Disparities in healthcare delivery continue to be a major barrier in the United States. Racial and ethnic disparities have been demonstrated to be associated with a myriad of poor outcomes including higher rates of heart disease, stroke, cancer, HIV/AIDS, and homicide (1). A recent article found a lack of improvement in outcomes for patients with critical illness in minority-serving hospitals, regardless of the race of the patient (2). Although factors such as genetics, socioeconomic disparity and lifestyle factors play a role, increasing evidence supports a lack of access to quality care for minority patients as a factor in inferior outcome (3). Minority patients face provider bias, receive less routine preventative care, less advanced care, less referral for hospital transfer and are otherwise subject to discrimination in access to quality healthcare (4–8).
Reduced access to quality hospitals may be another reason for poor outcomes in minority patients. Care for minority patients tends to be clustered into relatively few hospitals with disproportionately high minority patient populations (9). Disproportionately minority hospitals in the United States have poorer outcomes including: higher procedural complication rates, lower rates of palliative care, worse pain control, higher readmission rates, increased mortality rates in elderly, trauma, myocardial infarction, and postpartum patients (10–15).
The impact of treatment in a minority hospital for patients with critical illness is not well understood. We attempted to study the impact of treatment in a minority hospital on outcomes in sepsis. The primary outcome of this analysis was the association of treatment in a minority hospital with in-hospital mortality.
MATERIALS AND METHODS
The National Inpatient Sample (NIS) dataset was used for this analysis. The NIS is a U.S. Federal all-payer database created by the Agency for Healthcare Research and Quality (AHRQ) using a complex survey design that captures approximately 20% of all U.S. hospitalizations and allows for the use of weighting to approximate 97% of all inpatient care delivered across the United States.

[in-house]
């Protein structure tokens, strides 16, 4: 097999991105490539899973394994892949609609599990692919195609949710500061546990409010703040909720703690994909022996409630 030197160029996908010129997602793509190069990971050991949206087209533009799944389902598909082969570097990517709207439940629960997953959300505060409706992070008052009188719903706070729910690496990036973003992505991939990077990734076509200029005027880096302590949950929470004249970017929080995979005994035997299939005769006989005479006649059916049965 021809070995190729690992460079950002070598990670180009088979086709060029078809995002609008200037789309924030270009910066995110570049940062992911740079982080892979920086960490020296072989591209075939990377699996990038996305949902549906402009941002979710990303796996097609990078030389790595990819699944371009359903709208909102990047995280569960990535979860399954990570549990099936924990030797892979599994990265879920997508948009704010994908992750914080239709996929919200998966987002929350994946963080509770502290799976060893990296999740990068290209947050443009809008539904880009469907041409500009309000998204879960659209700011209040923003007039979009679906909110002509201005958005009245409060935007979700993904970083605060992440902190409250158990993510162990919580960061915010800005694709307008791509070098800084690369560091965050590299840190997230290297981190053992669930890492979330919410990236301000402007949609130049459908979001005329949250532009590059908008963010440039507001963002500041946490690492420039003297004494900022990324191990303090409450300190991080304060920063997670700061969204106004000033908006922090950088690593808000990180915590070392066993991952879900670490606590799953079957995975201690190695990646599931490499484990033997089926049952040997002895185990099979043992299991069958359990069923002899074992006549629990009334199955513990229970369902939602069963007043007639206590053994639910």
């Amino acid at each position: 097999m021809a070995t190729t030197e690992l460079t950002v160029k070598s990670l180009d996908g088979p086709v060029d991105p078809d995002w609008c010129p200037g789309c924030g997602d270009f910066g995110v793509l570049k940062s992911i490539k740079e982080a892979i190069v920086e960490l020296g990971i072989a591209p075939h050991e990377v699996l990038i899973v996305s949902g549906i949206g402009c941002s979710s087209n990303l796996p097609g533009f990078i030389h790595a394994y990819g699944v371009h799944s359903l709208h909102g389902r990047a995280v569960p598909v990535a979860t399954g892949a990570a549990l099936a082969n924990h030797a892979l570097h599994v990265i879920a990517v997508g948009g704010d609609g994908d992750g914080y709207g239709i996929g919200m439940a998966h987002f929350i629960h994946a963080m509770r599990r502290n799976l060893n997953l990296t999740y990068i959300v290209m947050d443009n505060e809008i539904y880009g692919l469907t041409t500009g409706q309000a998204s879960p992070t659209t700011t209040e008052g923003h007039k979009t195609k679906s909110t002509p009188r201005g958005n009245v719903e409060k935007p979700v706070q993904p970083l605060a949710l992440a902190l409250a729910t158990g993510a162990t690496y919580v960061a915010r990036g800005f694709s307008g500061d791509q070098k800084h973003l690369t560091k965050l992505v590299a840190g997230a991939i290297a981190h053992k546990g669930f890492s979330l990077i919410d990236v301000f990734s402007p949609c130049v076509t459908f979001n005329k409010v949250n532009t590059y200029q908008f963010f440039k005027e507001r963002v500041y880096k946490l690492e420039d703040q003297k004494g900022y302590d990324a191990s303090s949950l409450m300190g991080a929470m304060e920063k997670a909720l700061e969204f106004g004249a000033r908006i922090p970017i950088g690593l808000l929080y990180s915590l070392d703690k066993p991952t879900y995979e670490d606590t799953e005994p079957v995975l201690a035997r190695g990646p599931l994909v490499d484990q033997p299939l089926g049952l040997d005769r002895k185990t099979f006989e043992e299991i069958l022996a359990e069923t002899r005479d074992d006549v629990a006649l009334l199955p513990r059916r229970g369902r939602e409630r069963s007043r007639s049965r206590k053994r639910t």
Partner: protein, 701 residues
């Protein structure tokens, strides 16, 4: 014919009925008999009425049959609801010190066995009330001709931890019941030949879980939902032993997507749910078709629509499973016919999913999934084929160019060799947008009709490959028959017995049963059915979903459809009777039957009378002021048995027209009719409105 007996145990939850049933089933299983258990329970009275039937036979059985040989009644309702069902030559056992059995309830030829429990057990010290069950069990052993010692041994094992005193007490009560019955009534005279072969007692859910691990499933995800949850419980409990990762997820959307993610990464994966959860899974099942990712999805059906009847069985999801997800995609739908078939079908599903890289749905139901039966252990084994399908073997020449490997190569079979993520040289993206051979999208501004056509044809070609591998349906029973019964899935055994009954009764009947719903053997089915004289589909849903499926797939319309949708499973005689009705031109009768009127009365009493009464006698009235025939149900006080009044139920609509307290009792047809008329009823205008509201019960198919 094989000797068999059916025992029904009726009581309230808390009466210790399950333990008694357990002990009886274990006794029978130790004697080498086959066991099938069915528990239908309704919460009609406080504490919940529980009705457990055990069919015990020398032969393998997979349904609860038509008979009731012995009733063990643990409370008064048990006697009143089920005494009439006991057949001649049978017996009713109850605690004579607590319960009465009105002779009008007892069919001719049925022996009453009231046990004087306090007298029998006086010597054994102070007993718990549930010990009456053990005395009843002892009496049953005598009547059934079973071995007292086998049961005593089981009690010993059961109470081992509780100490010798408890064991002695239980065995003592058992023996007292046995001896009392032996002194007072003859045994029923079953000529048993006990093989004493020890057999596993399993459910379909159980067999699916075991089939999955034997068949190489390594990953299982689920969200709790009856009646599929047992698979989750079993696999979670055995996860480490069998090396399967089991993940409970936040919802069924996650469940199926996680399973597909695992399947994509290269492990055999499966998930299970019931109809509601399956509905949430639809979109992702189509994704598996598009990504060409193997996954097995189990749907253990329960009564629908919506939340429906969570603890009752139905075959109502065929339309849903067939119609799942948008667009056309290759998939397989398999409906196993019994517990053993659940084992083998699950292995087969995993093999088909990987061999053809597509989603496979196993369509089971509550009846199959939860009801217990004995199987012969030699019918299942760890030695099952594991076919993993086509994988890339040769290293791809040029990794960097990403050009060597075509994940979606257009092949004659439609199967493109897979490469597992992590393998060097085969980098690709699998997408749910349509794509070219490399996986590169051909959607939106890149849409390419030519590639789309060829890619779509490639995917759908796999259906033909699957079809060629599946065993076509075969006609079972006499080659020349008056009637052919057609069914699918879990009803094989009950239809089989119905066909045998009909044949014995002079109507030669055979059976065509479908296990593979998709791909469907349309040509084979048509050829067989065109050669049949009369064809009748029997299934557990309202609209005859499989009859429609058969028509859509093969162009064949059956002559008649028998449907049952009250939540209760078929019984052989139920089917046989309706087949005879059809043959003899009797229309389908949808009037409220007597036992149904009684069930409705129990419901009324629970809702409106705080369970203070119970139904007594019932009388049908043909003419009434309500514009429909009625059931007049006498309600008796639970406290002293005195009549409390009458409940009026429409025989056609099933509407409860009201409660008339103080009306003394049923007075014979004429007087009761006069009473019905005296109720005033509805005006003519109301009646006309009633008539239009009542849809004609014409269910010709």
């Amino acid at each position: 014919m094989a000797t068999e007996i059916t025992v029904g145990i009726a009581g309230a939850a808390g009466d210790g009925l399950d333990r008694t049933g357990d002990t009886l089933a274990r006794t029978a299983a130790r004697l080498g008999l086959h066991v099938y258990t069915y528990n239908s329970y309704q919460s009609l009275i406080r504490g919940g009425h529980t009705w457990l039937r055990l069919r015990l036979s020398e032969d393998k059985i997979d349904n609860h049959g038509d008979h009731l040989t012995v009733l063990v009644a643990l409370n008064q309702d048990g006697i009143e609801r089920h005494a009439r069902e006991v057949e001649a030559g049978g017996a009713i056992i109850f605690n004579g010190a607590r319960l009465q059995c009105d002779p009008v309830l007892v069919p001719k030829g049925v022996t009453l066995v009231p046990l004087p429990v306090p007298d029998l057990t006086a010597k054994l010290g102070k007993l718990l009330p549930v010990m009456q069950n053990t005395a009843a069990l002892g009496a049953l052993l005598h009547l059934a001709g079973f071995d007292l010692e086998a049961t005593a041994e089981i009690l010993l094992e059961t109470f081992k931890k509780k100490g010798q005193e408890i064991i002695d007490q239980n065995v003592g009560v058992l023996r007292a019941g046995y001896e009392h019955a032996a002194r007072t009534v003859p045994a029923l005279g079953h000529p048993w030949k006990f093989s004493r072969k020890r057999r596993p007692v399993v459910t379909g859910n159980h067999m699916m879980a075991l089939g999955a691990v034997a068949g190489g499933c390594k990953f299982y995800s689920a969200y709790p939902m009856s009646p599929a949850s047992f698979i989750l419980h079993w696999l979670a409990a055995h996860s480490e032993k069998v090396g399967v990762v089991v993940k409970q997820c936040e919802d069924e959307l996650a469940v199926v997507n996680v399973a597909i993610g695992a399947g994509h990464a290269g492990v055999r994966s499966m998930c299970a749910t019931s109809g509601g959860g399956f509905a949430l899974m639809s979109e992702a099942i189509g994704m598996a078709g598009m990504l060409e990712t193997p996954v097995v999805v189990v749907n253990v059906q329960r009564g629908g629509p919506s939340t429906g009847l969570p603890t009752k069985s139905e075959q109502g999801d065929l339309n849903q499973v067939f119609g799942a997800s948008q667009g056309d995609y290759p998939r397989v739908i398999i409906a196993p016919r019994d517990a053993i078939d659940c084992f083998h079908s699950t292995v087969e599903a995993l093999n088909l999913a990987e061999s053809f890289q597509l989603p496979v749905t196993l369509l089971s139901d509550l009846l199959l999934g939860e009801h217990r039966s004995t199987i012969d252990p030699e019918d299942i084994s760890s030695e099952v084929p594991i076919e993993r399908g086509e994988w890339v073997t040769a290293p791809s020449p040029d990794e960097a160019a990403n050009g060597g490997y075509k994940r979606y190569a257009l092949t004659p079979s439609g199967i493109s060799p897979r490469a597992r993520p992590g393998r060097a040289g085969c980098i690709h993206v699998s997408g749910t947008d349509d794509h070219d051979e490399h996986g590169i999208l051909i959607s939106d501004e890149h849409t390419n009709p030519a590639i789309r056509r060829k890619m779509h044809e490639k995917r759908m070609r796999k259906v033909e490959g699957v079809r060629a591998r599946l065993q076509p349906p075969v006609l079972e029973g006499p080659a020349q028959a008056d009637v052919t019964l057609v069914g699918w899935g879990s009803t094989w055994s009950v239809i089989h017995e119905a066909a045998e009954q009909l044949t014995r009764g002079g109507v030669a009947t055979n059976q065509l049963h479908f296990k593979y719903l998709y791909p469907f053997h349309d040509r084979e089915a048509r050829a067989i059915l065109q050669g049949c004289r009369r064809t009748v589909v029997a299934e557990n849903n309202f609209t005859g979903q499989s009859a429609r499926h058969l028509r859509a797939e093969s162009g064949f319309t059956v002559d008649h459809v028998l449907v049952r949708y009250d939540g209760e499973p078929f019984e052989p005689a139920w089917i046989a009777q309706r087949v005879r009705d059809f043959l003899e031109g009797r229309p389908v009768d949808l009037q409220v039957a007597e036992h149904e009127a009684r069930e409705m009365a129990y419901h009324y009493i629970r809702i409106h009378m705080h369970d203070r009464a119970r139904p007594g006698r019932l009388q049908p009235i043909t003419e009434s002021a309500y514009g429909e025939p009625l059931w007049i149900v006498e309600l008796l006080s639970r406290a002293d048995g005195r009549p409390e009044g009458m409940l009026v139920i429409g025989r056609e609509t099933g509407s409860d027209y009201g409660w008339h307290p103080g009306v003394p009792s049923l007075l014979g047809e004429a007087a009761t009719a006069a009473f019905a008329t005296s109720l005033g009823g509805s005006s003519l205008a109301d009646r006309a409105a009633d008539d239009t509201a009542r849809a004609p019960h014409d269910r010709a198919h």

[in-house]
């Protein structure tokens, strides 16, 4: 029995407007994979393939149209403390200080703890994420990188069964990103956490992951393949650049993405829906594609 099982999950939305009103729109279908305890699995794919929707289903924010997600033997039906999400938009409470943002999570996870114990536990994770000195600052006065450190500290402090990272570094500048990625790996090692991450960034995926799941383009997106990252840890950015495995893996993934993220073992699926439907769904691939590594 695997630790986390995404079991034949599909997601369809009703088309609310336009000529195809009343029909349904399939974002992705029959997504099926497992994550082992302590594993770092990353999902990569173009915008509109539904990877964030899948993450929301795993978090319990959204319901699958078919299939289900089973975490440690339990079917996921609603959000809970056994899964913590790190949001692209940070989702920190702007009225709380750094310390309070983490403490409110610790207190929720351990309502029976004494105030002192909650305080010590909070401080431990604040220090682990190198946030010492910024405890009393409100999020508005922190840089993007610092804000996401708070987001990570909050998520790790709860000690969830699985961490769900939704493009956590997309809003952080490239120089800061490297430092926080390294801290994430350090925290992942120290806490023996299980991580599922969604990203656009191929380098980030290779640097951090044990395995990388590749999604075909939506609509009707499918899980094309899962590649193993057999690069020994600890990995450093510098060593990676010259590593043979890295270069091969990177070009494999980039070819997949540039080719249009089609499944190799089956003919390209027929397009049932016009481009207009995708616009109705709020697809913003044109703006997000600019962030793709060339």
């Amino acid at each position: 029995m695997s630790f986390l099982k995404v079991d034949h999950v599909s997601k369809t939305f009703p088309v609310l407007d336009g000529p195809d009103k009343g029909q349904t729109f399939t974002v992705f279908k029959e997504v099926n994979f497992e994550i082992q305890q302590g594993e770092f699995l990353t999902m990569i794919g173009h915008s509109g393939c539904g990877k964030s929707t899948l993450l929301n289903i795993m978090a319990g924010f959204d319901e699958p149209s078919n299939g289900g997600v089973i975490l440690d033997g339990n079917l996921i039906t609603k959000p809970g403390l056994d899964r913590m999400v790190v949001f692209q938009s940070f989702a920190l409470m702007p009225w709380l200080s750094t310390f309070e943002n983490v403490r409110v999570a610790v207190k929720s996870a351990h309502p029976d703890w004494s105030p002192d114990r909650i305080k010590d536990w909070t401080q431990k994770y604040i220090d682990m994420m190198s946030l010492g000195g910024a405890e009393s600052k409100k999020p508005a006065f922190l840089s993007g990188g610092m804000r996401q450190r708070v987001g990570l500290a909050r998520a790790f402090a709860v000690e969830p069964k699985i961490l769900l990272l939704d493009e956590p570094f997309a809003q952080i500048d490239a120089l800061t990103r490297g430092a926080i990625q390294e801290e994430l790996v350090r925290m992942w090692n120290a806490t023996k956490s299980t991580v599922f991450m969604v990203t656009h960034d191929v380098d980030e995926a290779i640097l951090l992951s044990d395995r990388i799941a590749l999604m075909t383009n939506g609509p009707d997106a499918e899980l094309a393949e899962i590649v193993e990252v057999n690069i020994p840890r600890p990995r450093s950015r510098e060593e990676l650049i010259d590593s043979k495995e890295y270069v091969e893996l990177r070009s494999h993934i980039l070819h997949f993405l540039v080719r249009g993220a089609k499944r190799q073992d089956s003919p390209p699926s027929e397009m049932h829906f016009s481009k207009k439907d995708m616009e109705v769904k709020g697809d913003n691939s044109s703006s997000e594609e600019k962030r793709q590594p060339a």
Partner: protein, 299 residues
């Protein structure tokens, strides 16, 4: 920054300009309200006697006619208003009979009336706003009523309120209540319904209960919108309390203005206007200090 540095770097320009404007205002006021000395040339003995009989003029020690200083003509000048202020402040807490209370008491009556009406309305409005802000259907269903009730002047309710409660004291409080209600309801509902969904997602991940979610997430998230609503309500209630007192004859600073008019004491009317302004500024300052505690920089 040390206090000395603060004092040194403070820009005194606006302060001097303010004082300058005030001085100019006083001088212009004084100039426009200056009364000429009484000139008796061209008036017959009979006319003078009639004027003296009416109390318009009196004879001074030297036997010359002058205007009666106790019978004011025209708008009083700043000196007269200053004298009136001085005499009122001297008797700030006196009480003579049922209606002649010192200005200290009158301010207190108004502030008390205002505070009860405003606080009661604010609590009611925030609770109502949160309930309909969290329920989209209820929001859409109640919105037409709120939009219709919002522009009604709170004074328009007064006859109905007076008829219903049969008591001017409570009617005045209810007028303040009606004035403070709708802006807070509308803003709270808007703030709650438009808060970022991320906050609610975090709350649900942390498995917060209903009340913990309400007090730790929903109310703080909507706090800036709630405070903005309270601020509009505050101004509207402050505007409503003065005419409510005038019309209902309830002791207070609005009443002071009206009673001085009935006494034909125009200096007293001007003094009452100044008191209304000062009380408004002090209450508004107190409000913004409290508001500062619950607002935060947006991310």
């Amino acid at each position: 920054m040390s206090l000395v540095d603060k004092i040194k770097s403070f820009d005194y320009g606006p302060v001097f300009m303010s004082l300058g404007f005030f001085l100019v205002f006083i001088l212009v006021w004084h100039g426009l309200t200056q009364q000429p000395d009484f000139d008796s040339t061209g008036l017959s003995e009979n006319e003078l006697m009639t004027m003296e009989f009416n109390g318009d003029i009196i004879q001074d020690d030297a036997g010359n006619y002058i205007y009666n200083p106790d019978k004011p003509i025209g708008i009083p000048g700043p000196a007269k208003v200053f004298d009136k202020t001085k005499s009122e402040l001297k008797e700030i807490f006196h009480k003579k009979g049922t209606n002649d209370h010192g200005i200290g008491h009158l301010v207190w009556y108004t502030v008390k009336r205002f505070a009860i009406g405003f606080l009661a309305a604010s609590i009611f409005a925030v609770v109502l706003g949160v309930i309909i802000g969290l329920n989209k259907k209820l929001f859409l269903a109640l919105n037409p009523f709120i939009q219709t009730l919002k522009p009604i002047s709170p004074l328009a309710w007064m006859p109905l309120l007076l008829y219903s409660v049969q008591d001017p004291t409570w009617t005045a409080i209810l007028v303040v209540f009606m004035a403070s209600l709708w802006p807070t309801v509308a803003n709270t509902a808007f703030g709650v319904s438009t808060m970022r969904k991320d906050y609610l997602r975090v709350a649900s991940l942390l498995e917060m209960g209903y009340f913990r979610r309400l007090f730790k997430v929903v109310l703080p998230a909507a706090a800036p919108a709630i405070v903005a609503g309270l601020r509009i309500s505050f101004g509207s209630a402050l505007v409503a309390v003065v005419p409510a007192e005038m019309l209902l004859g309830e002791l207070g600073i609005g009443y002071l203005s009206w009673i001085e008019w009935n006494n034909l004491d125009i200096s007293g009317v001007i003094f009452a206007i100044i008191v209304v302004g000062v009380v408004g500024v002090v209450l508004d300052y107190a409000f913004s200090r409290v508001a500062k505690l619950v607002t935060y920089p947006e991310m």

The STrengthening the Reporting of OBservational studies in Epidemiology statement was followed during the reporting of this study (16). A waiver of consent was obtained from the Research Ethics Board at the University of Manitoba for this study as the NIS uses de-identified data.
All patients greater than or equal to 18 years old included in the 2008–2014 NIS sample years who met the Angus definition of sepsis were included in the analysis (17). The Angus definition has been validated to have a sensitivity of 50.4% and a specificity of 96.3% in identifying patients with sepsis (18). A flow diagram displaying cohort selection can be found in Figure 1.
Patient characteristics obtained from the NIS included: age, gender, race (White, Black, Hispanic, other), in-hospital mortality, length of stay, zip-code income quartile, insurance coverage (private, Medicare, Medicaid, no insurance), use of mechanical ventilation, dialysis, ICU admission as well as the 29 Elixhauser comorbidity indices (19). Patients with missing race information were categorized into other race. Hospital level characteristics obtained included: hospital size (small, medium, large as per AHRQ definition), rural versus urban, teaching status, and which Census Division the hospital was located in.
Minority Hospital Definition